You'll Be Shocked by How Much $10 Invested in Bitcoin in 2010 Is Worth Today

Markets Motley Fool

Bitcoin has had quite the year so far in 2017, with the price up by 320% since Jan. 1. However, this type of move pales in comparison with the digital currency's climb in its early years. In fact, you might be shocked to discover just how much a few dollars' worth of bitcoin in the early days would be worth today.

Continue Reading Below

The price history of bitcoin

Bitcoin began trading in 2010, as the first bitcoin exchange opened in March 2010 with a per-coin value of $0.003. The first real-world transaction took place in May 2010, when 10,000 bitcoins were exchanged for two pizzas in Jacksonville, Fla. Since that time, the price of bitcoin has been on quite the roller-coaster ride.

  • The first spike in the price of bitcoin occurred in July 2010, when the price jumped tenfold in a five-day period, from $0.008 to $0.08.
  • Bitcoin first grew in value to $1.00 in early 2011.
  • The first bitcoin "bubble" saw prices jump as high as $31 in July 2011, before crashing to a low of $2 later in the year.
  • From December 2011 through April 2013, bitcoin experienced a major price surge, from $2 to a high of $266, before stabilizing in the $130 range.
  • Bitcoin spiked once again in November 2013, topping out at $1,242.
  • From December 2013 through much of 2014, the price of bitcoin stayed between $340 and $1,000.
  • Bitcoin fell to a low of about $200 in March 2015, before beginning a long bull run, which is still continuing.
  • On Aug. 1, 2017, bitcoin split into two digital currencies, bitcoin and "bitcoin cash." If you owned one bitcoin before the split, you owned one of each afterward.
  • In early September 2017, bitcoin reached $5,000 for the first time. As I write in September 2017, one bitcoin is worth just over $3,722 and one "bitcoin cash" is worth about $445.

$10 worth of bitcoin in 2010

To illustrate just how impressive this rally has been, let's say you had the foresight (or good luck) to purchase $10 worth of bitcoin at the time the first bitcoin exchange opened in March 2010. Based on the $0.003 per-coin price at the time, your $10 would have purchased 3,333 bitcoins.

Continue Reading Below

Now, using the $3,722 current value of a bitcoin and the $445 value of one bitcoin cash, your original investment would be worth a total of nearly $13.9 million. That translates to a 655% annualized gain over a roughly seven-year period.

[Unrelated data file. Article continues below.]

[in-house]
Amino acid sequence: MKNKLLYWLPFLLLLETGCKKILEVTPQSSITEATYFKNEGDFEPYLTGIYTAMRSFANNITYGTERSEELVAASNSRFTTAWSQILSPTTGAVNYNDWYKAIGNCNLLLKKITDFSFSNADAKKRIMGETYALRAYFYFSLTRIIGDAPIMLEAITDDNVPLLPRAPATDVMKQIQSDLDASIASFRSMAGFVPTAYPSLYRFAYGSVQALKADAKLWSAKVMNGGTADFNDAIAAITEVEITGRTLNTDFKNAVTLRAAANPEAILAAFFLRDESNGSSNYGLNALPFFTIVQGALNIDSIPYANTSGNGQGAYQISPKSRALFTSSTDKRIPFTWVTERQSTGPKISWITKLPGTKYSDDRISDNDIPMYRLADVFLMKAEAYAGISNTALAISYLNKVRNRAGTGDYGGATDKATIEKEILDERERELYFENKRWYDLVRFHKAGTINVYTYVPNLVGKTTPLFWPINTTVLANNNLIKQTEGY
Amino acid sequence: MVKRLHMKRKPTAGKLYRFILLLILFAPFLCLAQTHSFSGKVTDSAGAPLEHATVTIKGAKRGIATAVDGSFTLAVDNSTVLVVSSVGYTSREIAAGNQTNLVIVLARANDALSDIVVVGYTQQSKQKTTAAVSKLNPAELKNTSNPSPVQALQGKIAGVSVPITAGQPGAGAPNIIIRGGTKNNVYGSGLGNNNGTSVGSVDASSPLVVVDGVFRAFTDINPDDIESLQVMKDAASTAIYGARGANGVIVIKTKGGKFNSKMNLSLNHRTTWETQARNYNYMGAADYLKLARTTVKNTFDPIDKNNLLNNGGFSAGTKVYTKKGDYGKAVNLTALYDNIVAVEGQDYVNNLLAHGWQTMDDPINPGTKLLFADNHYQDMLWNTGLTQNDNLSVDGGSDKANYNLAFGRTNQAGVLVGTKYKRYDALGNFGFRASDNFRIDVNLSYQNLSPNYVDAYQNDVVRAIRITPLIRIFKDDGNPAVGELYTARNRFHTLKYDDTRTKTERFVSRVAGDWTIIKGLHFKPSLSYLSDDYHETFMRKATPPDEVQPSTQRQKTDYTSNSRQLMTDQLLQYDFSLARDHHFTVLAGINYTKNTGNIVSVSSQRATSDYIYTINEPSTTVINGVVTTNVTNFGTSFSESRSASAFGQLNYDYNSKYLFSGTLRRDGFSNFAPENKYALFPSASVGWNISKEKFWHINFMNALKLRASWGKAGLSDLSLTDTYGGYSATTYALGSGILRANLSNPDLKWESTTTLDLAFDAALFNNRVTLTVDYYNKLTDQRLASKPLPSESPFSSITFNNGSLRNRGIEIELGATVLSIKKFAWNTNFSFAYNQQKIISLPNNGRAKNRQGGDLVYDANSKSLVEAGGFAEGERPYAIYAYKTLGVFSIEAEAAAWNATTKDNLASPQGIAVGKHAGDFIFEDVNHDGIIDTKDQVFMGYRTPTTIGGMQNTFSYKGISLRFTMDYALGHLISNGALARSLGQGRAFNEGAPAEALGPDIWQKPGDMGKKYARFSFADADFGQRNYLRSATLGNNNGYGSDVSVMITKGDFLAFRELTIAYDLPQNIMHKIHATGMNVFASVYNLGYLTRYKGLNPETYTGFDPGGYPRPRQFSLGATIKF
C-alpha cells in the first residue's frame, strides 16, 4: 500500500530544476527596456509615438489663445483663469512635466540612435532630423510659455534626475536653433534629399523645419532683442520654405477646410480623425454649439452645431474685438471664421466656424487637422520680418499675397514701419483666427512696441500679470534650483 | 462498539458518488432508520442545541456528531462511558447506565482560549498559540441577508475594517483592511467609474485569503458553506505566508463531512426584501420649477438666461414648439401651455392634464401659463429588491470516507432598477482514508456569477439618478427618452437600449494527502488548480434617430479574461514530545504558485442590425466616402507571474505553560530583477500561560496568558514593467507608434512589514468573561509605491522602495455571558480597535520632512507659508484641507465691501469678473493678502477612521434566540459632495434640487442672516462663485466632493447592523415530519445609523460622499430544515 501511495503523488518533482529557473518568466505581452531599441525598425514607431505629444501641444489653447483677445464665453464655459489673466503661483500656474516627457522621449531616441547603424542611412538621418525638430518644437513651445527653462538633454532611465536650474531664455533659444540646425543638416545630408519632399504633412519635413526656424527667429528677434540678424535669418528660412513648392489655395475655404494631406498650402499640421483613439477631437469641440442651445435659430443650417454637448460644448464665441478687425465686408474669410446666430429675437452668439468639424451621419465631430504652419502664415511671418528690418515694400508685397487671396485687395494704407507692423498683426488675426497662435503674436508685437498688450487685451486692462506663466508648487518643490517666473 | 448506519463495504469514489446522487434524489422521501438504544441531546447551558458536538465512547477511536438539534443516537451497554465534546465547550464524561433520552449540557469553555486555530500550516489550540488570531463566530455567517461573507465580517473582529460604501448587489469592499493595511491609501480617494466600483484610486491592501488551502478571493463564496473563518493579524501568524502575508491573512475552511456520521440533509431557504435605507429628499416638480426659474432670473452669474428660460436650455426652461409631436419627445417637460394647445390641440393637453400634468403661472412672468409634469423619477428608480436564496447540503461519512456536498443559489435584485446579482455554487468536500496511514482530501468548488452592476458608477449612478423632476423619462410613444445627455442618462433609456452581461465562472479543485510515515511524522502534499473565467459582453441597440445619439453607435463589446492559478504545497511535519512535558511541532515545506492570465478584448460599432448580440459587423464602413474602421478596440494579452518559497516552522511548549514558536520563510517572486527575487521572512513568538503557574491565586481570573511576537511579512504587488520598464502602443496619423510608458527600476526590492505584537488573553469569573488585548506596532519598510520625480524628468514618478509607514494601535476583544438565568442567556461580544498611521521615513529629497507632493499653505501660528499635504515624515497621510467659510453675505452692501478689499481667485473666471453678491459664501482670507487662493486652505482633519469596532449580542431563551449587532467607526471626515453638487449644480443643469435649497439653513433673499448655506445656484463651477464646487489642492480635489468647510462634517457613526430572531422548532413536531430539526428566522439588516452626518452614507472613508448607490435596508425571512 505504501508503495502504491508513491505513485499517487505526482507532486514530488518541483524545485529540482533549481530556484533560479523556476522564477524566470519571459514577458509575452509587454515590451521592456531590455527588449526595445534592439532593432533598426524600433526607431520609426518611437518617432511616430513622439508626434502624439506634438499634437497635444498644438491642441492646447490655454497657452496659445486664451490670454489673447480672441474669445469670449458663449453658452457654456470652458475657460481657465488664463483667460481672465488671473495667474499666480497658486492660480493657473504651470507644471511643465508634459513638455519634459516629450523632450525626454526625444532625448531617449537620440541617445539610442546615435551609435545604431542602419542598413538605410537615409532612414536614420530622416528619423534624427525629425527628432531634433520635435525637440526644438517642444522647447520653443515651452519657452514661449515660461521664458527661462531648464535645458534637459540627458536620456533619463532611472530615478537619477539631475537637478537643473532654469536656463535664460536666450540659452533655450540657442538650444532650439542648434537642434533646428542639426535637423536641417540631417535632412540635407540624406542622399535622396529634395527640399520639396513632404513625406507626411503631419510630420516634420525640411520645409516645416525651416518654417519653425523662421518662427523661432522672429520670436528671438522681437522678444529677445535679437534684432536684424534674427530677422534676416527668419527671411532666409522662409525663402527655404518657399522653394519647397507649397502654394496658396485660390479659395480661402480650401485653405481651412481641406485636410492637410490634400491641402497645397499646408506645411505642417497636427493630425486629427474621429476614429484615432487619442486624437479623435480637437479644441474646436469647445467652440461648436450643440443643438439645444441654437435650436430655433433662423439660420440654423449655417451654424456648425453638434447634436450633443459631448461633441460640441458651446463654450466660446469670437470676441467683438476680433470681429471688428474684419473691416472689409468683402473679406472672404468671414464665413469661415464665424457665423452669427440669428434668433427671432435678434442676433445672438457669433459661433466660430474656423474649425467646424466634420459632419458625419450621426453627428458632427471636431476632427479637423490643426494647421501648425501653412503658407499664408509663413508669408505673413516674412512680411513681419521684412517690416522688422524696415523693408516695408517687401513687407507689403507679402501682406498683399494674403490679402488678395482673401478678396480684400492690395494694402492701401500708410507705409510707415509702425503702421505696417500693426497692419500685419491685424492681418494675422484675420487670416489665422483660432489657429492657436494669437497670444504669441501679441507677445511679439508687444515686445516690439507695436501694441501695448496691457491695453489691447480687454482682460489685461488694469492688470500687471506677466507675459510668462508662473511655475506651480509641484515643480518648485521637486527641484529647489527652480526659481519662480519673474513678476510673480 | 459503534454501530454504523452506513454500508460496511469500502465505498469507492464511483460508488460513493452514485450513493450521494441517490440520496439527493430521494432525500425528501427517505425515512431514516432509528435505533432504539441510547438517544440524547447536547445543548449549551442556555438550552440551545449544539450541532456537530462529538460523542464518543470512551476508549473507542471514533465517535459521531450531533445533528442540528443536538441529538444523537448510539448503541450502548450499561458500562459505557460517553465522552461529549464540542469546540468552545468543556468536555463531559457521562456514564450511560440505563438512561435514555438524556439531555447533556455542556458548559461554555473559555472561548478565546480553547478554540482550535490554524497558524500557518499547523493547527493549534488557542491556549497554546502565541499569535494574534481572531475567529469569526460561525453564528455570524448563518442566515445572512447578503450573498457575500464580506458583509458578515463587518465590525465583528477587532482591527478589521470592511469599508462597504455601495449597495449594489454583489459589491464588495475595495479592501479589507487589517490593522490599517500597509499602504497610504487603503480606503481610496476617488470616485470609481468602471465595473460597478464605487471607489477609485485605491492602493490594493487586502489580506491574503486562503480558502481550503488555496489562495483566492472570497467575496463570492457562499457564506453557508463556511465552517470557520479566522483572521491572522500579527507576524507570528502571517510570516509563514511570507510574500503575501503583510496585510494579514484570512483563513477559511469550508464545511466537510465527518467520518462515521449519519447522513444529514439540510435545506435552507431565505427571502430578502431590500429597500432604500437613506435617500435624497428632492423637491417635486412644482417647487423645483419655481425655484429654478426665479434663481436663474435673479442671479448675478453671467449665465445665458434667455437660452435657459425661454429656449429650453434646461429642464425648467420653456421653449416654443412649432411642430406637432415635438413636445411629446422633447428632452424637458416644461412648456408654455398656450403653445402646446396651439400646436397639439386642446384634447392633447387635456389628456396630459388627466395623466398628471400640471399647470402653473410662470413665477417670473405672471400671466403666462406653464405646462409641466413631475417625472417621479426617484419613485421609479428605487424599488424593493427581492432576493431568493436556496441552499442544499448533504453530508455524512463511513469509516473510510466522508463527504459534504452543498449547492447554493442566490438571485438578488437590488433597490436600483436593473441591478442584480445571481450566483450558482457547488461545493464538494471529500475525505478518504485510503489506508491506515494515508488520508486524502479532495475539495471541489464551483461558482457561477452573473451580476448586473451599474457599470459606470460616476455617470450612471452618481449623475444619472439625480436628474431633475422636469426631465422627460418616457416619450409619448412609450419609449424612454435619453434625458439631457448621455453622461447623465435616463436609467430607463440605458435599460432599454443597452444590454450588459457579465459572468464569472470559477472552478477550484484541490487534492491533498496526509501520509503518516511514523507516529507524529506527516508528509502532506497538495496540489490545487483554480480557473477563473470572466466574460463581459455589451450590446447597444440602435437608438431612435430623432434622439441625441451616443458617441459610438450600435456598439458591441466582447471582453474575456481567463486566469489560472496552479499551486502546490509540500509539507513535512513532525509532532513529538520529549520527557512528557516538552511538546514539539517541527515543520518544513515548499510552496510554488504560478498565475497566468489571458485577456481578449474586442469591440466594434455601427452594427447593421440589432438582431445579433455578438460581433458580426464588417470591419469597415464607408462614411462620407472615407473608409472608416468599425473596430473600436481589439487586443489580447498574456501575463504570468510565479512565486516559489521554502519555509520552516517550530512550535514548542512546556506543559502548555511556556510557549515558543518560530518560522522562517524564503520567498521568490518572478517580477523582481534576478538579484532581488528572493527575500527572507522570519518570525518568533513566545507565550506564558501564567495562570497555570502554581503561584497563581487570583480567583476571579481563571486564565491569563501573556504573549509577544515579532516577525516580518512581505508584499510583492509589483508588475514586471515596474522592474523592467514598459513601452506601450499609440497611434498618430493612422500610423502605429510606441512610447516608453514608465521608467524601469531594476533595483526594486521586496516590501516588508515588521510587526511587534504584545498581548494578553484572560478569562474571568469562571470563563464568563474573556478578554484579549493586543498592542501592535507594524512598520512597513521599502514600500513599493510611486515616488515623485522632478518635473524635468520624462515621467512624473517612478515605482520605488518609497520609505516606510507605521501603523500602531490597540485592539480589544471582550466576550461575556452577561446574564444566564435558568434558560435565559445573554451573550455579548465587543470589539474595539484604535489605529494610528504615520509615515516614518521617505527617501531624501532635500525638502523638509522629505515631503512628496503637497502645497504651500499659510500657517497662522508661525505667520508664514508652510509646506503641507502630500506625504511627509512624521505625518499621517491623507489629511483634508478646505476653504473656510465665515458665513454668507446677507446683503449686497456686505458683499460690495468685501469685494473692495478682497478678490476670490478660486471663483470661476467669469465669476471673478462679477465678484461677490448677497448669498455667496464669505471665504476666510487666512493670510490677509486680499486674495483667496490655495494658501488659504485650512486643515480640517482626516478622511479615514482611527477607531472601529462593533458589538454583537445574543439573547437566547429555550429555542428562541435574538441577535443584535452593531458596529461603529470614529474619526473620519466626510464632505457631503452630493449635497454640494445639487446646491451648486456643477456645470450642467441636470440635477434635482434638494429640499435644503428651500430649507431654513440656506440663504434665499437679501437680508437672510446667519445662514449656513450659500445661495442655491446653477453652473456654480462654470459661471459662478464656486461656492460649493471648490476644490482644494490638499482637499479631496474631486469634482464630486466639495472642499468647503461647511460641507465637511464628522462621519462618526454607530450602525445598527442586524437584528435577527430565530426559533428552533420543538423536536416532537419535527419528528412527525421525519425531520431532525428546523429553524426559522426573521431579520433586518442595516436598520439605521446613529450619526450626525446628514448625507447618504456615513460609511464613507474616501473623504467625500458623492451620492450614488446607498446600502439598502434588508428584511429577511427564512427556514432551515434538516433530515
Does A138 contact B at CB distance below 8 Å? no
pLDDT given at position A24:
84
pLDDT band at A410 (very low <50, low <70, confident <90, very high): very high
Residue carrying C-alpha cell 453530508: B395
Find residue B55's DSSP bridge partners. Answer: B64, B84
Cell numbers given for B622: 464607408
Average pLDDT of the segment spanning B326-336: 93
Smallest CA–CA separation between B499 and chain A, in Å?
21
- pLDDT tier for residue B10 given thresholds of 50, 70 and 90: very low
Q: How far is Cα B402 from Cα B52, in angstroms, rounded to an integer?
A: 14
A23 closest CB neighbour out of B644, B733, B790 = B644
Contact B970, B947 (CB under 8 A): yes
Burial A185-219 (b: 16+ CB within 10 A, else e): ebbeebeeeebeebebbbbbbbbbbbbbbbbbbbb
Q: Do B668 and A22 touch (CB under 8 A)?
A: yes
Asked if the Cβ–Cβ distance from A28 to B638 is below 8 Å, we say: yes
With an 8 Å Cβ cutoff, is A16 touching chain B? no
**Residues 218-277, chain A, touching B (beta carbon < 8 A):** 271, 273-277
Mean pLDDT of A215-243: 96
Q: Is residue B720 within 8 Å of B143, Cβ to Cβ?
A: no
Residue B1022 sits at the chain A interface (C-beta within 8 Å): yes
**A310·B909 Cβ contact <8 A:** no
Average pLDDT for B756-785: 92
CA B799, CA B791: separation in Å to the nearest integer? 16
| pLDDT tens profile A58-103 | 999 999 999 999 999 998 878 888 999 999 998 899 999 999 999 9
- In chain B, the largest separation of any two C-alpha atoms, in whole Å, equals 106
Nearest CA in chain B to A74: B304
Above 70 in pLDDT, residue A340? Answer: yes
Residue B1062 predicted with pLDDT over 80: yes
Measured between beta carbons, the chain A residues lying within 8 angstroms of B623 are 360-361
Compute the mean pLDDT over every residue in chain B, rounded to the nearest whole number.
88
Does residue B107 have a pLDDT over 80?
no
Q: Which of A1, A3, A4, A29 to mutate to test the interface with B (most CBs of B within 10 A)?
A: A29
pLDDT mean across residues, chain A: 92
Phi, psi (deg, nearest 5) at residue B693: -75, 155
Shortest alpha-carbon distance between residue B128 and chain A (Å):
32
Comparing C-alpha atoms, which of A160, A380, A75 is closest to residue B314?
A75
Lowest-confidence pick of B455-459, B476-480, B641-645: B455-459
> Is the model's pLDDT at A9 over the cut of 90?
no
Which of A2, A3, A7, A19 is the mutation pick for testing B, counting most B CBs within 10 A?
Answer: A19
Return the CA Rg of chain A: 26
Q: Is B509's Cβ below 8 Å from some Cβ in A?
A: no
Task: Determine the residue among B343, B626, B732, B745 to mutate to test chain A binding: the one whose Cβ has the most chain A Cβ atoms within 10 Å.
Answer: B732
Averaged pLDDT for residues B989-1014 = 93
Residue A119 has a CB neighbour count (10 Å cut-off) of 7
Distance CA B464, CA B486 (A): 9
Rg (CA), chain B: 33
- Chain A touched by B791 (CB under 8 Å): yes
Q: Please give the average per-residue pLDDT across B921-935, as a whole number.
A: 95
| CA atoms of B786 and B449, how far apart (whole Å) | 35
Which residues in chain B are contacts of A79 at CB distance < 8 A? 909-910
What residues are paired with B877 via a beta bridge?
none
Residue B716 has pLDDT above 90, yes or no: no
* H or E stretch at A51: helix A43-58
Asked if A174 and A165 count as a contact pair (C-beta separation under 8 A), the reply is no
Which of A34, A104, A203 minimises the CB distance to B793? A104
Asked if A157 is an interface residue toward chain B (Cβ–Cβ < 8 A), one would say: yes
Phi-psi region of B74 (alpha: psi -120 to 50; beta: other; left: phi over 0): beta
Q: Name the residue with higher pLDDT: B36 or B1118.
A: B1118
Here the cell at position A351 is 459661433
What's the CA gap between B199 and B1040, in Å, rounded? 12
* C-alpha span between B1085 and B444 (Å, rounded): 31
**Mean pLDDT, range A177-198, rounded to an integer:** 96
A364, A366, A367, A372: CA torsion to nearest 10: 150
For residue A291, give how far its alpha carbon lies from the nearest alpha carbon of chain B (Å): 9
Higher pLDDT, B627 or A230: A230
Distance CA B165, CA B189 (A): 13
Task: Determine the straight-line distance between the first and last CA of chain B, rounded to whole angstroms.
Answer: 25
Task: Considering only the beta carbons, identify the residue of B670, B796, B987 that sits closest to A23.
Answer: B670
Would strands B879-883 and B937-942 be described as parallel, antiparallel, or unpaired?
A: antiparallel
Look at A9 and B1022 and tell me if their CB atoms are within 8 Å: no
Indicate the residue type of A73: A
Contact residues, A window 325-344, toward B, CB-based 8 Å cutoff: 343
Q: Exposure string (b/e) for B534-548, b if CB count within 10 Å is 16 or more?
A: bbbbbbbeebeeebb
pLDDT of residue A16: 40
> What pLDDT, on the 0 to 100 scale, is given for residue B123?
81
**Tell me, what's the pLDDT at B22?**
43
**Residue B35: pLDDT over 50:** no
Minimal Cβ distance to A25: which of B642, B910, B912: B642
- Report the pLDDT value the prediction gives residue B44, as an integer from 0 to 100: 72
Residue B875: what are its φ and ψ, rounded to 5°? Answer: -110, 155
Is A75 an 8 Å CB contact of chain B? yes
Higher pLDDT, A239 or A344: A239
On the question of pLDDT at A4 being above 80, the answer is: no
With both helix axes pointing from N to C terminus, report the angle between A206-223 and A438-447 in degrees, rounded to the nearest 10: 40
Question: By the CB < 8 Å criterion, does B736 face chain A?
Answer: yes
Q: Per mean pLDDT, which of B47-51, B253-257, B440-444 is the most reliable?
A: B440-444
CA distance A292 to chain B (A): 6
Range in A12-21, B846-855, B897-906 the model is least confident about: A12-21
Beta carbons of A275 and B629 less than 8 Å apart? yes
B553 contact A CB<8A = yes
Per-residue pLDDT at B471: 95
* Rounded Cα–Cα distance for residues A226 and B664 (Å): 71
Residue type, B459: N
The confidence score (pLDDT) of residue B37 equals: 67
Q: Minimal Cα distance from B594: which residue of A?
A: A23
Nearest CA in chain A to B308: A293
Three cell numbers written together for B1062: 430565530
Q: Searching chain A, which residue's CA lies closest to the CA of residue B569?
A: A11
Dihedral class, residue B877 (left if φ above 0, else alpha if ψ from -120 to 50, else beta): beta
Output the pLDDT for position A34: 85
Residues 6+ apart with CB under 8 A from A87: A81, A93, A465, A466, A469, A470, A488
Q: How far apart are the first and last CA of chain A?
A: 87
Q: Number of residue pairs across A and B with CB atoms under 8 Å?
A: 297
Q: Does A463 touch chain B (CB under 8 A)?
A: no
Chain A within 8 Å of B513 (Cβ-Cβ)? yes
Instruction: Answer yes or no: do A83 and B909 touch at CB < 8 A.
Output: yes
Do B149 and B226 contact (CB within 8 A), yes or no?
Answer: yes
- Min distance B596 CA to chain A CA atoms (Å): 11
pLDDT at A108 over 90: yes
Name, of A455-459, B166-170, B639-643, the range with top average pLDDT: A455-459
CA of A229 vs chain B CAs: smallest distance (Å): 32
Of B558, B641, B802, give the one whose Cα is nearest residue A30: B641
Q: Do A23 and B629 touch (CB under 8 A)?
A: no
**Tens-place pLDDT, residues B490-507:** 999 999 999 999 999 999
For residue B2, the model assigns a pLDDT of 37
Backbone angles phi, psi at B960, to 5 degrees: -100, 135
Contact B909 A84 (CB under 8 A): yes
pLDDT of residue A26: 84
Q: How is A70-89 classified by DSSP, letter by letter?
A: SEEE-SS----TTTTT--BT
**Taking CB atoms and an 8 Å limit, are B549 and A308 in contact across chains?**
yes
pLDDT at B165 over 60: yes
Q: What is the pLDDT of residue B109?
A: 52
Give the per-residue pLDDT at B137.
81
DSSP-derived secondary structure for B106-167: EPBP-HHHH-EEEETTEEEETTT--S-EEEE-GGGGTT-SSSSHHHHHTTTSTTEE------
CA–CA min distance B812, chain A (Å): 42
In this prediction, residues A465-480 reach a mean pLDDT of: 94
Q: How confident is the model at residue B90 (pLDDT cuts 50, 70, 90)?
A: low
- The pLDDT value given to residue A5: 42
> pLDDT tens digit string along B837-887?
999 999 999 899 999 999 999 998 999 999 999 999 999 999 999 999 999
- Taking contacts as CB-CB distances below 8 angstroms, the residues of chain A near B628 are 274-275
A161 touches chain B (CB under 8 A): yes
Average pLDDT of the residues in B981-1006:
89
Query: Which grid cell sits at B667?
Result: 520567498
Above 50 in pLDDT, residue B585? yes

What's more, keep in mind that someone paid 10,000 bitcoin, or three times this amount, for just two pizzas earlier that same year.

Where could bitcoin be heading

It's difficult to say where bitcoin could be headed, just because there are so many conflicting viewpoints from industry experts, as well as lots of variables that could move the price in one direction or another. I've written before that a bitcoin value of $1 million could certainly be possible if the right things happen over the coming years, but there's also a solid case to be made that bitcoin is worth significantly less than its current price, or could eventually be worth nothing at all.

One thing I do know is that bitcoin's performance over the next seven years isn't likely to be close to that of the previous seven. After all, if bitcoin continues to grow at a 665% annualized rate for another seven years, it would translate to a price of more than $4.6 billion per bitcoin. Even the most bullish cryptocurrency advocates realize this would be quite impossible.

The $16,122 Social Security bonus most retirees completely overlook
If you're like most Americans, you're a few years (or more) behind on your retirement savings. But a handful of little-known "Social Security secrets" could help ensure a boost in your retirement income. For example: one easy trick could pay you as much as $16,122 more... each year! Once you learn how to maximize your Social Security benefits, we think you could retire confidently with the peace of mind we're all after. Simply click here to discover how to learn more about these strategies.

The Motley Fool has a disclosure policy.